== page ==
realization of, or operation on a service, which is why it's called a service component.
Service components may comply with the Service Component Architecture (SCA) and
Service Data Objects (SDO) specifications.

Services
This layer consists of all the services defined within the SOA. For the purposes of this
reference architecture, a service is considered to be an abstract specification of a collection of
(one or more) business-aligned IT functions. The specification provides consumers with
sufficient detail to invoke the business functions exposed by a provider of the service; ideally
this is done in a platform-independent manner. The service specification includes a
description of the abstract functionality offered by the service similar to the abstract stage of a
Web Services Definition Language (WSDL) description.
Exposed services reside in this layer; they can be discovered and invoked or possibly
choreographed to create a composite service.
This layer contains the contracts (service descriptions) that bind the provider and consumer.
Services and their underlying building blocks are defined according to the service
identification activities like SOMA or can be based on reusable industry assets like the
Websphere Fabrics Telecom Content Pack.

Business processes
Compositions and choreographies of services exposed in layer 3 are defined in this layer.
One use service composition to combine groups of services into flows, or we choreograph
services into flows, thereby establishing applications out of services. These applications
support specific use cases and business processes. To do this, visual flow composition tools
like Websphere Business Modeler can be used for design of application flows. The figure
below shows how a business process P can be implemented using services A, B, C, and D
from the services layer. Process P contains the logic for the sequence in which the services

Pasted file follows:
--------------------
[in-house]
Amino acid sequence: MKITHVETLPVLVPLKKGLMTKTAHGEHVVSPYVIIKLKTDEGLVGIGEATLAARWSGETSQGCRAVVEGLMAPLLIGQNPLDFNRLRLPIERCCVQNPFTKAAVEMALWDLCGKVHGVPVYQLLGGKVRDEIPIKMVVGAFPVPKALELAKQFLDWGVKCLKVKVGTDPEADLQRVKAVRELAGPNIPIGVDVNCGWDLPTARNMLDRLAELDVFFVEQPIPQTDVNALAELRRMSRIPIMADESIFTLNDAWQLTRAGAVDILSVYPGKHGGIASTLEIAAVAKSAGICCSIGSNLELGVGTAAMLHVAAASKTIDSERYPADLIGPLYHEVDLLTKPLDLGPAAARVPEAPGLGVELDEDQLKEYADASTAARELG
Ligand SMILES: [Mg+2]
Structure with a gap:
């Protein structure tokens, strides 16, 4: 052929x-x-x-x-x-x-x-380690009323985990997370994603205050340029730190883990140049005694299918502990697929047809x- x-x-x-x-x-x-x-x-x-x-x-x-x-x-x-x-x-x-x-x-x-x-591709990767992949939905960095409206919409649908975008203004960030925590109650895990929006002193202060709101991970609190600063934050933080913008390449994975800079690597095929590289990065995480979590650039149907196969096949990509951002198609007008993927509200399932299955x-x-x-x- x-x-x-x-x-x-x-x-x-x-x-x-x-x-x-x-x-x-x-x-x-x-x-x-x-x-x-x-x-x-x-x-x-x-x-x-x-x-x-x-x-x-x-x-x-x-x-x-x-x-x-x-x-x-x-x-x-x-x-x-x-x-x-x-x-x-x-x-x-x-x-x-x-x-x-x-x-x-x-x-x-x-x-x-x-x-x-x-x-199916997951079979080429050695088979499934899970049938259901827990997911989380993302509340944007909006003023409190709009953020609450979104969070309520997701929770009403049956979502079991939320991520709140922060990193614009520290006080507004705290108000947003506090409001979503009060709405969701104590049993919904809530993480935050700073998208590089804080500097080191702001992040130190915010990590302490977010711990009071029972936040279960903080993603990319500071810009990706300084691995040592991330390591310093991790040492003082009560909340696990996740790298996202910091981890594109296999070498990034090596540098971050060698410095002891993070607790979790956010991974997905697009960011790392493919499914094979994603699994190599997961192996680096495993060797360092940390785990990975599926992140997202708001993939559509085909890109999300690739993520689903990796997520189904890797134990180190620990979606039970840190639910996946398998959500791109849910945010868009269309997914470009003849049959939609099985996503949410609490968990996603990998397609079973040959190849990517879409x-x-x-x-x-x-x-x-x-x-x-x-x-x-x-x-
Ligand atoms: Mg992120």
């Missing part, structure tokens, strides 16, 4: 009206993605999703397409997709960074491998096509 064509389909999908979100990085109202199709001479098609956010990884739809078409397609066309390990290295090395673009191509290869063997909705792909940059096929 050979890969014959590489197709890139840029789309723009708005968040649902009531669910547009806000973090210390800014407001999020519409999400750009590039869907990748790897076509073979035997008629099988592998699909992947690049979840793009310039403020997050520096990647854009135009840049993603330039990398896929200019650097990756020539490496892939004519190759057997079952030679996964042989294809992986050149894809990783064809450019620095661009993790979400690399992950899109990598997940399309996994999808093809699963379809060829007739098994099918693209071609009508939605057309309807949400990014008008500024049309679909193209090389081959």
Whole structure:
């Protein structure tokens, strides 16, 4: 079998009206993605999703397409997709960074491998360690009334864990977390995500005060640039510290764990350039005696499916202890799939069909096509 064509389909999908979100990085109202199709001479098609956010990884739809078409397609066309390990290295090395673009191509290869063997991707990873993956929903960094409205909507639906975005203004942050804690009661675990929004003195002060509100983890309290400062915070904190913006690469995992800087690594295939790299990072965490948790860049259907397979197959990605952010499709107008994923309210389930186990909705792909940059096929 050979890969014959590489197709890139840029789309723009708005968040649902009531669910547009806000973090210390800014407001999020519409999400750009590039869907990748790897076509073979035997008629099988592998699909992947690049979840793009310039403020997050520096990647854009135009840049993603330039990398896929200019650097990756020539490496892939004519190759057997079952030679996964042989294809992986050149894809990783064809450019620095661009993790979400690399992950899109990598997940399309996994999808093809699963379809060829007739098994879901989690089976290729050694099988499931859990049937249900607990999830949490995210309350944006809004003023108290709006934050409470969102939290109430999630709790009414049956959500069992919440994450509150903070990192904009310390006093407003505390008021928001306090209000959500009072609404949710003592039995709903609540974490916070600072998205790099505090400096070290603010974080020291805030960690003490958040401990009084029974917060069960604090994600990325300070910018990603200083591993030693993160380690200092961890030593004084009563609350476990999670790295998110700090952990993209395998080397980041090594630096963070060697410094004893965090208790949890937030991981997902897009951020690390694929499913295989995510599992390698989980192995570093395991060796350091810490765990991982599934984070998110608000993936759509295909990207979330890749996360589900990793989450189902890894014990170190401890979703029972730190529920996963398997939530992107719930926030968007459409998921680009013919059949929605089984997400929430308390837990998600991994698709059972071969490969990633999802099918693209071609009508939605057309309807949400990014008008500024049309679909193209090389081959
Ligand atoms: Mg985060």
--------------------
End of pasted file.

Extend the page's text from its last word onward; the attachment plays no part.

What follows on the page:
need to be invoked and executed. The services that are aggregated as a business process, or
flow, can be individual services or composite services made up of individual services.

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Consumers
The consumer layer, or the presentation layer, provides the capabilities required to deliver IT
functions and data to end users to meet specific usage preferences. This layer can also
provide an interface for application to application communication.

Integration capability
The integration layer is a key enabler for an SOA because it provides the capability to
mediate, route, and transport service requests from the service requester to the correct
service provider and between layers.
These include modest point-to-point capabilities for tightly coupled endpoint integration as
well as more intelligent routing, protocol mediation, and other transformation mechanisms
often provided by an enterprise service bus (ESB). Web Services Description Language
(WSDL) specifies a binding, which implies the location where a service is provided. An ESB,
on the other hand, provides a location-independent mechanism for integration.
The integration that occurs here is primarily the integration of layers 2 through 4. This is for
example the layer that provides the binding between a service definition and the service
implementation by a service Component on layer 2.

Quality of service capability


This layer provides the means of ensuring that an SOA meets its requirements with respect to
reliability, availability, manageability, scalability, and security

Information architecture and business intelligence capability


This layer captures cross-industry and industry-specific data structures, XML-based
metadata architectures (that is, XML schema), and business protocols of exchanging
business data. For example the NGOSS SID implementation in the Websphere Fabrics
Content pack.

Governance capability
The governance layer covers all aspects of business operational life-cycle management in
SOA.

Logical architecture
In more detail, and more concretely, the logical architecture diagram depicted in Figure A-2
on page 25 includes from top to bottom, the consumer layer, business process layer
(Business Process Management Engine), service layer (Enterprise Service Bus), service